Thursday, September 24, 2009

The Catcher in the Rye - J.D.Salinger

The Catcher in the Rye is a glimpse into few days in the life of a rebellious American teenager, Holden Caulfield. The story is set in the 1950’s, and has been told as a monologue. The character of Holden can be identified with that of any typical teenager; he is at times confused, annoyed and turbulent of adolescent life as any teenager.

Holden goes to school in Pennsylvania. After being expelled from the school for poor performance, Holden lands in New York City and spends time indulging in impulsive spending, erratic behavior, hopping pubs and calling on friends from school.  He spends all the money that his grandmother sent him fiddling away aimlessly, and comes home when his parents are not around to meet his sister Phoebe, the only person with whom he thinks he can have a meaningful conversation.

He plans to travel west to find a job. He conveys his plans to Phoebe, who wants to travel with him but he relents. He finally ends up deciding to come back home and attend another school in fall. It is this period of time of which Holden narrates his experiences. The narration is riddled with sarcasm, and a certain carelessness and arrogance of youth. He might do certain things or act in a certain way for no apparent reason, but just for the 'fun' of it.

The situations in the novel are phrased simplistically, to the extent that one might read it as a lightweight story, but the message that the author tries to put across is not as simple. Holden is a complex character, a teenager driven to erratic behavior. Most of his thoughts, actions, and reactions to everyday issues give a glimpse into the confusing and turbulent times of adolescence.  He describes his habit of impulsive lying as follows:

“I'm the most terrific liar you ever saw in your life. It's awful. If I'm on my way to the store to buy a magazine, even, and somebody asks me where I'm going, I'm liable to say I'm going to the opera. It's terrible.”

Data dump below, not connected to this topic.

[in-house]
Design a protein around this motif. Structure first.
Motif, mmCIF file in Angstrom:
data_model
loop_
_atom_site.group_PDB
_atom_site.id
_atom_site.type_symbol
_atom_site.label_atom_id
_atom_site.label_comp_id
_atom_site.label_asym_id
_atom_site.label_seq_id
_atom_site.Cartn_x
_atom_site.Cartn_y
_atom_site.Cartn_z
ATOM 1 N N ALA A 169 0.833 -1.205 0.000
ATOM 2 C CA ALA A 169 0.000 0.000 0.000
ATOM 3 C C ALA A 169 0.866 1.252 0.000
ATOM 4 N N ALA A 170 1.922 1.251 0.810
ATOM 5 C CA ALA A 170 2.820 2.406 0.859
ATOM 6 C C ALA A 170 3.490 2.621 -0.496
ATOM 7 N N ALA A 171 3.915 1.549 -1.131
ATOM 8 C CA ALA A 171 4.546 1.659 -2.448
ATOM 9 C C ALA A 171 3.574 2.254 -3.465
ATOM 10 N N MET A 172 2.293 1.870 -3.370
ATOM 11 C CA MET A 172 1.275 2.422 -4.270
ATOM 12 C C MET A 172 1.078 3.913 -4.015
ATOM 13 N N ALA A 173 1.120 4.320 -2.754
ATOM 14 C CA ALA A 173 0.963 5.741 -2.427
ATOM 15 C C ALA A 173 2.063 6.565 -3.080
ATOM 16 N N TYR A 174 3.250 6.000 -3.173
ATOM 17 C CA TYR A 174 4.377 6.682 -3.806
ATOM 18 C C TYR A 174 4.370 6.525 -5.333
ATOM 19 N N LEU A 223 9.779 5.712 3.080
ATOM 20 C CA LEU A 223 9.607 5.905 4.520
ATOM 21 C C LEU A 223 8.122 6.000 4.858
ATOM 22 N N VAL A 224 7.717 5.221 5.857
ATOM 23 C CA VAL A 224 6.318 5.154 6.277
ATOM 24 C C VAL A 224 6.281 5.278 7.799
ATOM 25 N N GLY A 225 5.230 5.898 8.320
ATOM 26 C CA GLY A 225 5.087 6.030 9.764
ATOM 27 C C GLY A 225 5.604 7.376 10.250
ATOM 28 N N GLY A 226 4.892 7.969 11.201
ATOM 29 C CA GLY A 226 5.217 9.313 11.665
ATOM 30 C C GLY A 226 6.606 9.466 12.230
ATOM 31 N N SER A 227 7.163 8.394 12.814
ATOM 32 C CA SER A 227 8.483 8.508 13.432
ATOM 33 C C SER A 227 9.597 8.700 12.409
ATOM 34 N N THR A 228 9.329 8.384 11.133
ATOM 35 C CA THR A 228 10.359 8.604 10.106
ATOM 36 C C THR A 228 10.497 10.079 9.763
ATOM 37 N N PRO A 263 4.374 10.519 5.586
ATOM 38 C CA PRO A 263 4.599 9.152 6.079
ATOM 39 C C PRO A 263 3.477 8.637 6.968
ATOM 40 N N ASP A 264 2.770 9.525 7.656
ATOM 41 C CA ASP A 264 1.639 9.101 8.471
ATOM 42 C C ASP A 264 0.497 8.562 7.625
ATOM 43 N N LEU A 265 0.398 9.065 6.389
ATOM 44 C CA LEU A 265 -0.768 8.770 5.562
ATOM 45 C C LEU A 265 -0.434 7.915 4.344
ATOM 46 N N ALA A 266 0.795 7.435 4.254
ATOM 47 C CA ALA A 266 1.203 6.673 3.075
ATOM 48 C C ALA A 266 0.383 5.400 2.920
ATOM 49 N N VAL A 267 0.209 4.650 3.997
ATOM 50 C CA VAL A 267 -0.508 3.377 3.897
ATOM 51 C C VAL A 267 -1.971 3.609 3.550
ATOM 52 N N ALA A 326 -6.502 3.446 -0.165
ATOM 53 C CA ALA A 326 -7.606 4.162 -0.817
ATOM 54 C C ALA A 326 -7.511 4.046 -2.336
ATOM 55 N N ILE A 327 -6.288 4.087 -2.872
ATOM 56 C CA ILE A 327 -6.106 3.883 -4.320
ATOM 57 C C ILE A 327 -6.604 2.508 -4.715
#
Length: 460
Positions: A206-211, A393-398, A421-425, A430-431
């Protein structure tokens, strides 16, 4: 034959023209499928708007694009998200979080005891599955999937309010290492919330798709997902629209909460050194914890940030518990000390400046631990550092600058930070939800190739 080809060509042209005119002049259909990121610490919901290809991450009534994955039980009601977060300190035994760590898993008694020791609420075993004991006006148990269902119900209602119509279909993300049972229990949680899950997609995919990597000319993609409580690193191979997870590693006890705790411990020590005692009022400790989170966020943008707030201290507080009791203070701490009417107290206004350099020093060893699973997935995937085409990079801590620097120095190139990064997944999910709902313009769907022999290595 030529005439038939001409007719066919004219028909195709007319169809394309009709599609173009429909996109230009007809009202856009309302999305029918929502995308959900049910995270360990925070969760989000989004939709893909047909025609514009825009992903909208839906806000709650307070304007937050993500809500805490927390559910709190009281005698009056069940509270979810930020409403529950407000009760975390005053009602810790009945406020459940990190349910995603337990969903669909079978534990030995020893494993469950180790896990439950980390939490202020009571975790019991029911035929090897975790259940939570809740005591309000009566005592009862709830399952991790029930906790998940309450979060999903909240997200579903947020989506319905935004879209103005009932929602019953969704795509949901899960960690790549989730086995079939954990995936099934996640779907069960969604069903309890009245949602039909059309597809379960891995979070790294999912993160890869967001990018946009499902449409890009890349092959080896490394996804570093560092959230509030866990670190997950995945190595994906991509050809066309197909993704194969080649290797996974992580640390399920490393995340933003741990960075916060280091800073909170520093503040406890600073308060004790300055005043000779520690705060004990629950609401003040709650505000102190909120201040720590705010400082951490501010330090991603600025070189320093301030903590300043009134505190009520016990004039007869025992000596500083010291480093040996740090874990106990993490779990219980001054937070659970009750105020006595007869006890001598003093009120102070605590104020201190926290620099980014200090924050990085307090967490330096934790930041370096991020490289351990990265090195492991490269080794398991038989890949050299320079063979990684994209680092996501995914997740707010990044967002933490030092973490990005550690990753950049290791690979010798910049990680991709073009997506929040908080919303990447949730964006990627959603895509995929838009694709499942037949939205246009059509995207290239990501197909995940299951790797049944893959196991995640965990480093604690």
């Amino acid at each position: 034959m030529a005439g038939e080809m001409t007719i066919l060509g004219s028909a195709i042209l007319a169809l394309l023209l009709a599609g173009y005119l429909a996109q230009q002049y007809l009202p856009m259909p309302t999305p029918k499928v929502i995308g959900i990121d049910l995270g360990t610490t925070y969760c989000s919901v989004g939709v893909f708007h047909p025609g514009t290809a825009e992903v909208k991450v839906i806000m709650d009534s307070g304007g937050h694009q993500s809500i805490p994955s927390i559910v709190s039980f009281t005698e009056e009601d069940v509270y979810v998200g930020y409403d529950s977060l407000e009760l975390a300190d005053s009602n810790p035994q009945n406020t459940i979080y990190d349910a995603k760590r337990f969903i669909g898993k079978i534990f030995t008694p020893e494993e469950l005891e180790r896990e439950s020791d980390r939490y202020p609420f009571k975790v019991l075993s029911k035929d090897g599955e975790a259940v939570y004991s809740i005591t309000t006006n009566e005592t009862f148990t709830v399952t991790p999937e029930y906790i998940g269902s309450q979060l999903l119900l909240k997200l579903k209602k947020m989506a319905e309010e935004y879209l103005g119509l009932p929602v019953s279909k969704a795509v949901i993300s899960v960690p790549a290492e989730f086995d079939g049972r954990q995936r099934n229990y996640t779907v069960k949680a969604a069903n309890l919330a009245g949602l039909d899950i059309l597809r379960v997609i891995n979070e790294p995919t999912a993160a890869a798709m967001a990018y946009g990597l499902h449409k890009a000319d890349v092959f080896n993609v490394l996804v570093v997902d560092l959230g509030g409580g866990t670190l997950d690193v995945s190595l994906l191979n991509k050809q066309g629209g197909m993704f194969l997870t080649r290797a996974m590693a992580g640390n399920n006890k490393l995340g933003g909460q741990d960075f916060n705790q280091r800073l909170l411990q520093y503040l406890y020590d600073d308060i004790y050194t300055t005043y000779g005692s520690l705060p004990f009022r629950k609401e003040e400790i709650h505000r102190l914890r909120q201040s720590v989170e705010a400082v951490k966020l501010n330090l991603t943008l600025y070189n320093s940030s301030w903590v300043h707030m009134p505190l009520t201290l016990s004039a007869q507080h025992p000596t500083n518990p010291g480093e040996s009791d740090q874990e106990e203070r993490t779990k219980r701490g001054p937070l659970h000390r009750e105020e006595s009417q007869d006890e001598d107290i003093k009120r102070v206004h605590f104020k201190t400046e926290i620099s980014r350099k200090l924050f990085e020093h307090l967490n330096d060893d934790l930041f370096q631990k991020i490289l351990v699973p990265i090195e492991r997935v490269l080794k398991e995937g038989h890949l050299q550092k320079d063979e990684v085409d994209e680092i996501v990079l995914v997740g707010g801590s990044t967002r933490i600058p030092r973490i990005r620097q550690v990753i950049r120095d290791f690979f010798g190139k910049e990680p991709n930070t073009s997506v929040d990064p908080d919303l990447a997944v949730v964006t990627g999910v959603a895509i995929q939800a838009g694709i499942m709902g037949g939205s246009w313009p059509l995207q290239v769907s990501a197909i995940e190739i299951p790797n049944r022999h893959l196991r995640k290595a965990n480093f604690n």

One of the most pressing questions one faces while gearing up for adulthood is the dilemma of what to do with one’s life. Even though his manner exhibits carelessness of youth, Holden’s mind wanders deploring the possibilities:

“What I'd do, I figured, I'd go down to the Holland Tunnel and bum a ride, and then I'd bum another one, and another one, and another one, and in a few days I'd be somewhere out West where it was very pretty and sunny and where nobody'd know me and I'd get a job. I figured I could get a job at a filling station somewhere, putting gas and oil in people's cars. I didn't care what kind of job it was, though. Just so people didn't know me and I didn't know anybody.”

He wants to preserve the innocence of his childhood, and desists wading into the maze of adulthood where innocence and mirth are lost somewhere along the way. He tries to explain this to Phoebe in this passage:

"Anyway, I keep picturing all these little kids playing some game in this big field of rye and all. Thousands of little kids, and nobody's around--nobody big, I mean--except me. And I'm standing on the edge of some crazy cliff. What I have to do, I have to catch everybody if they start to go over the cliff--I mean if they're running and they don't look where they're going I have to come out from somewhere and catch them. That's all I'd do all day. I'd just be the catcher in the rye and all. I know it's crazy, but that's the only thing I'd really like to be. I know it's crazy."